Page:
Pasta Madre

Pasta” in Italian literally means “dough” in English. Now of course the word “pasta” is also short for “pasta asciutta” (dried noodles), “pasta fresca” (fresh noodles) and “pasta all’uovo” (egg pasta) just to make sure that all people learning Italian are confused at all times.

Pasta madre on the other hand is “mother of dough”, or natural yeast or bread starter.

I like to make bread. I find the process nurturing to my soul. There is something magical about taking flour and water and having it turn into lovely fragrant loaves of bread.

Hans is a Dutch guy and a true blue (or is that orange if your Dutch?) bread eater.

Our area has lots of bakeries, but most offer only white bread and fairly insipid whole wheat loaves, so as a result of these two facts, I’m always mucking about and baking with different types of flours and grains, both whole and rolled and often not using wheat at all.

my first pasta madre loaves


This autumn I became interested in baking breads with pasta madre. I read various recipes, each one seemingly more complicated than the next, some using potatoes or grapes, all warning that you might just end up with a bowl of useless mold.

Then, I ran across an old issue of a great magazine called “Vita in Campagna” which is a magazine for farmers. The issue I found had a recipe for pasta madre that seemed so simple, I thought I’d give it a try.

There were no quantities listed, just take some flour, mix it with enough water to make a soft ball, put it in a bowl, cover with a damp cloth and leave on your counter. The next day add some more flour and some more water and repeat this operation for 5 days.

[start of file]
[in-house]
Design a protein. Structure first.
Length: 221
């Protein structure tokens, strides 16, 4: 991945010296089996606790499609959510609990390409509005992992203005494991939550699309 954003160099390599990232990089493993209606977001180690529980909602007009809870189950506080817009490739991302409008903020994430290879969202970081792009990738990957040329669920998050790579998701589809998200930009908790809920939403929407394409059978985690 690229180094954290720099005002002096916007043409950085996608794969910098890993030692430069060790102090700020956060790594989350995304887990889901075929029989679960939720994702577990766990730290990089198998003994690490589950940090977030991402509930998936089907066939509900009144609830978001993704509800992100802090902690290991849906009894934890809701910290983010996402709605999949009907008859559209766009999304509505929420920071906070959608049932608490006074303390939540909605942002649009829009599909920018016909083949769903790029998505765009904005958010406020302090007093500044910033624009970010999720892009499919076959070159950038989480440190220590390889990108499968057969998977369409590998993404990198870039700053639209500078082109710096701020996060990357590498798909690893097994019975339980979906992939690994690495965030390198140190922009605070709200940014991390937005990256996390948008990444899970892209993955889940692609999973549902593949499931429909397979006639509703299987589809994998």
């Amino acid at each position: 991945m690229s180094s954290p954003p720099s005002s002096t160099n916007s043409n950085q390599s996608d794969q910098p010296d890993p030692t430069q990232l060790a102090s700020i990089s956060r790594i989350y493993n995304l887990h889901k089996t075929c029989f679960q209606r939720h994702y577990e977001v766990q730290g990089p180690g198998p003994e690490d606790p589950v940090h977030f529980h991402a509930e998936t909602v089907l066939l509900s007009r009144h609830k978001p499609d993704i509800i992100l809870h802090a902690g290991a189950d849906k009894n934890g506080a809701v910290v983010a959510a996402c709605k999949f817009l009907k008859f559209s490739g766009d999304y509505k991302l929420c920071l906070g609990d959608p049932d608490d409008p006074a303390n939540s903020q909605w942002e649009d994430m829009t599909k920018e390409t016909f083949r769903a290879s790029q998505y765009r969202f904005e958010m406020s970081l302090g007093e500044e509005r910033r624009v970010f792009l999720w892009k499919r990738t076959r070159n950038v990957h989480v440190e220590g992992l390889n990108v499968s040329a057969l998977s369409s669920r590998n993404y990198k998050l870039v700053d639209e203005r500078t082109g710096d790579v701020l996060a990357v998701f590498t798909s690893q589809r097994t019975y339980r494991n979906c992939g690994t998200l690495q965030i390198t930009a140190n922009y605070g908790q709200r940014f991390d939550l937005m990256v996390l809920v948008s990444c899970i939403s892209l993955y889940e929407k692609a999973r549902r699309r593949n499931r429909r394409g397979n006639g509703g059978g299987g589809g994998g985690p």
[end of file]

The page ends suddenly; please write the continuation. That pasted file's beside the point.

Well, maybe because there are probably a lot of yeast spores hanging around our kitchen, every morning I had a bubbling sticky mass of flour, and after 5 days I tried using it to make bread; mixing it with some kamut and whole wheat flours and some soaked spelt grains, adding enough water to make a very wet dough. Bread made with wet dough has a different texture than bread made with a drier dough, and I often like this more elastic, chewy texture.

Very wet dough

wet bread dough

The bread rose beautifully. I punched it down, put it in oiled bread pans (my dough was too wet to shape into a free form) and baked it after it rose again.


What this recipe made was essentially a sour dough starter. I kept a handful of the bread dough, fed it new flour and water every day until ready to bake again. You just keep repeating this process of saving some bread dough, feed it and use it.

You can also just freeze the starter until you’re ready to bake again and let it come to room temperature before using.

I’ve used it for pizza dough, focaccia and various breads. It doesn’t seem to matter what flours I’m using, but the resulting bread has a wonderful depth of flavour and none of that bitter instant yeast flavor that sometimes occurs using packaged yeast.

Give it a try.

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